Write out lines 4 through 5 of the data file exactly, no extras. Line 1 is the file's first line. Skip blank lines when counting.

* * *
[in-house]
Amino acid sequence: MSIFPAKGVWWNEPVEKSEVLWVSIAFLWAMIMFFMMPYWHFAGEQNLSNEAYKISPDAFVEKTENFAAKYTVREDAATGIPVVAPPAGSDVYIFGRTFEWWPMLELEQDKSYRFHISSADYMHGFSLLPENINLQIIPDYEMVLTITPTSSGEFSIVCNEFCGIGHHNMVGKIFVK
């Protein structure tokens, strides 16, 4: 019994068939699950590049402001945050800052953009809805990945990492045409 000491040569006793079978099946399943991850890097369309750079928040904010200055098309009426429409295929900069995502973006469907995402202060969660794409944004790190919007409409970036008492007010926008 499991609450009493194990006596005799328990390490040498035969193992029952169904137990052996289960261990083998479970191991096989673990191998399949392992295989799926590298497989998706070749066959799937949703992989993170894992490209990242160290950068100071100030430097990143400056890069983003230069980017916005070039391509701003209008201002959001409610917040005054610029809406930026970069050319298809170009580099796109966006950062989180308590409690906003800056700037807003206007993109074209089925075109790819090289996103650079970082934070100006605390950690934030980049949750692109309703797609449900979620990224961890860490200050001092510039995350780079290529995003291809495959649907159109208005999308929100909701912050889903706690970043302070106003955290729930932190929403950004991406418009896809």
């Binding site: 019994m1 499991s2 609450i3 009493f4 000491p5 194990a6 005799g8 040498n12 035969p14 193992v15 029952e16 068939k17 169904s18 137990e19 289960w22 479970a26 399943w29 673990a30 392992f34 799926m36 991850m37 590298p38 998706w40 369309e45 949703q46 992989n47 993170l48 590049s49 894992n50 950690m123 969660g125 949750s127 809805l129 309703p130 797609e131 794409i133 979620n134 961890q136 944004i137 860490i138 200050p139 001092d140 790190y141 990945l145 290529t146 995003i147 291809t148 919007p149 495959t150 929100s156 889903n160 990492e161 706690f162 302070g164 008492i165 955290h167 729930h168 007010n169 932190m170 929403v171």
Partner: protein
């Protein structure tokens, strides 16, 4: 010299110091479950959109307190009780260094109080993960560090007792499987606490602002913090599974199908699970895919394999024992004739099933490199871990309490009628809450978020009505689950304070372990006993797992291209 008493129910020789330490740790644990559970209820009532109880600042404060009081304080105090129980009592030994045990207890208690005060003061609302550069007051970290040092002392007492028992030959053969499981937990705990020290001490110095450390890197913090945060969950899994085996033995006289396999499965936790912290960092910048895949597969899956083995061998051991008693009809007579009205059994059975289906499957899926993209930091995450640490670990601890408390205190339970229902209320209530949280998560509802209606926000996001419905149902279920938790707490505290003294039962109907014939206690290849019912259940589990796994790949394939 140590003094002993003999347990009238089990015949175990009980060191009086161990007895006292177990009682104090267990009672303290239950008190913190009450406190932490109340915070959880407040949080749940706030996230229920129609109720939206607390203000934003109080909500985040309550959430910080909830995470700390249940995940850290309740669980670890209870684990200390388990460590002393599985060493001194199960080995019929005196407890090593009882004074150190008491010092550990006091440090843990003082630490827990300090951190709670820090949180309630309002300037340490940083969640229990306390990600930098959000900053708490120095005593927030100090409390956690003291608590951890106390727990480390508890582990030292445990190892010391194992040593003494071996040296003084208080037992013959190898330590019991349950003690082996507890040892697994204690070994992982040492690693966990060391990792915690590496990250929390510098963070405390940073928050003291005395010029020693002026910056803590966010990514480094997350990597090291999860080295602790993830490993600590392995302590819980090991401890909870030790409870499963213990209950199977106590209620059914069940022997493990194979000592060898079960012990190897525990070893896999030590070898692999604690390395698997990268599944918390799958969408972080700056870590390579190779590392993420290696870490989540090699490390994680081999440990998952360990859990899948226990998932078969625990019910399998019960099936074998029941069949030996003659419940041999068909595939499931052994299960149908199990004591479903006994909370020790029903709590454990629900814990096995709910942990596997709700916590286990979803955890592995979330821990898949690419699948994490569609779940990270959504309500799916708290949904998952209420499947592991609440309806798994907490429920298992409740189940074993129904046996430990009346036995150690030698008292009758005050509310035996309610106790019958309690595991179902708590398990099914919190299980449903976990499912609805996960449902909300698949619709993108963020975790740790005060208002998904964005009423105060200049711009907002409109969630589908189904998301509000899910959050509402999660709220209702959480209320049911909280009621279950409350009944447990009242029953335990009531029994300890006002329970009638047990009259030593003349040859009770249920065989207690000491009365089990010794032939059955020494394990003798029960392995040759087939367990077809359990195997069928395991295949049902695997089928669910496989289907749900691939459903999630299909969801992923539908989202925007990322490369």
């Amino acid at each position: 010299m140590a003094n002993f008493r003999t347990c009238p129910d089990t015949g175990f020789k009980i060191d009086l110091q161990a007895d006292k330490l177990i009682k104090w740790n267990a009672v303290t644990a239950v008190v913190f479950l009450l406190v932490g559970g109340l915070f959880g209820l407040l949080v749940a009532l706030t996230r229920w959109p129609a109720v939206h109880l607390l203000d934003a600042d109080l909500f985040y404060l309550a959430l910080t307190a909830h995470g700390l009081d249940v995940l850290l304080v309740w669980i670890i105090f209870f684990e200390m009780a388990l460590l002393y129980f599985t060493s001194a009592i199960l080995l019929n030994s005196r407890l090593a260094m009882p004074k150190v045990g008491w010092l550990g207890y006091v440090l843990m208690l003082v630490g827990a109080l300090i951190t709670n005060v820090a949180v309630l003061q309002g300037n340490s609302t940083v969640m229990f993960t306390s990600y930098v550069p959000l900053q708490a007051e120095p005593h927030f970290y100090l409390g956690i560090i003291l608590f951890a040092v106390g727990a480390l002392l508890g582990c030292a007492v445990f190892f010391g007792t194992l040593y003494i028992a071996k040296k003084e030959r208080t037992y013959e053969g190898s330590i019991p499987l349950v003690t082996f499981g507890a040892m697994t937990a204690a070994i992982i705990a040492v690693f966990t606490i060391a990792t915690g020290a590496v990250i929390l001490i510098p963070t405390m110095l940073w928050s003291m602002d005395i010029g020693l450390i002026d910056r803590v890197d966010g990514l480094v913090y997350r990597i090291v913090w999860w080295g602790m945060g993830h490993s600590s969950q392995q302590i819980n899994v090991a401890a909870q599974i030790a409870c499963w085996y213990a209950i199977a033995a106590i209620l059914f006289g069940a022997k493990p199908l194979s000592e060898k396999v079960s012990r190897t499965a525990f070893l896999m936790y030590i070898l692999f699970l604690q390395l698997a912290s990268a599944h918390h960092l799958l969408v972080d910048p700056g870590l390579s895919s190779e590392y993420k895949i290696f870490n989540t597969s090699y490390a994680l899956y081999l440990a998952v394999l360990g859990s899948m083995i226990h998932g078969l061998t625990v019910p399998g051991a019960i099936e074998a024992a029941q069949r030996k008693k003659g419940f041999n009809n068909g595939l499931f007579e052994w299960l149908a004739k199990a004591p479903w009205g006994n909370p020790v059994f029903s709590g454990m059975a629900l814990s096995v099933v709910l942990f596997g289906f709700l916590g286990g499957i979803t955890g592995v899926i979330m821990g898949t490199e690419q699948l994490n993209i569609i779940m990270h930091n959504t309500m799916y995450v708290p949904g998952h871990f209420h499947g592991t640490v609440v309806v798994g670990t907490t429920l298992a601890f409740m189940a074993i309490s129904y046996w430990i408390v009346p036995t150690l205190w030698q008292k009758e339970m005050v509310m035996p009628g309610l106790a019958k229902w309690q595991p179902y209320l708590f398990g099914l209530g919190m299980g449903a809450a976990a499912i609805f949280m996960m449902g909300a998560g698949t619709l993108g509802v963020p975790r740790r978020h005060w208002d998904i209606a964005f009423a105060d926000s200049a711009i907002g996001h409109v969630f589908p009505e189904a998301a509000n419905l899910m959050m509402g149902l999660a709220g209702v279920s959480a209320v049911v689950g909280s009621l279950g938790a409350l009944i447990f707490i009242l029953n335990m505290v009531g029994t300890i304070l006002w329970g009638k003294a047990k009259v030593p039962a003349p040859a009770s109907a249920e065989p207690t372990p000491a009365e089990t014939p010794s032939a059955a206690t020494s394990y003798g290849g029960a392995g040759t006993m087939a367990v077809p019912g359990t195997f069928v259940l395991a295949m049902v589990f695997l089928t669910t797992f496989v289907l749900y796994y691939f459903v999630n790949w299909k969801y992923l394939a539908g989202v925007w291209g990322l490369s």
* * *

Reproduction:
């Binding site: 019994m1 499991s2 609450i3 009493f4 000491p5 194990a6 005799g8 040498n12 035969p14 193992v15 029952e16 068939k17 169904s18 137990e19 289960w22 479970a26 399943w29 673990a30 392992f34 799926m36 991850m37 590298p38 998706w40 369309e45 949703q46 992989n47 993170l48 590049s49 894992n50 950690m123 969660g125 949750s127 809805l129 309703p130 797609e131 794409i133 979620n134 961890q136 944004i137 860490i138 200050p139 001092d140 790190y141 990945l145 290529t146 995003i147 291809t148 919007p149 495959t150 929100s156 889903n160 990492e161 706690f162 302070g164 008492i165 955290h167 729930h168 007010n169 932190m170 929403v171």
Partner: protein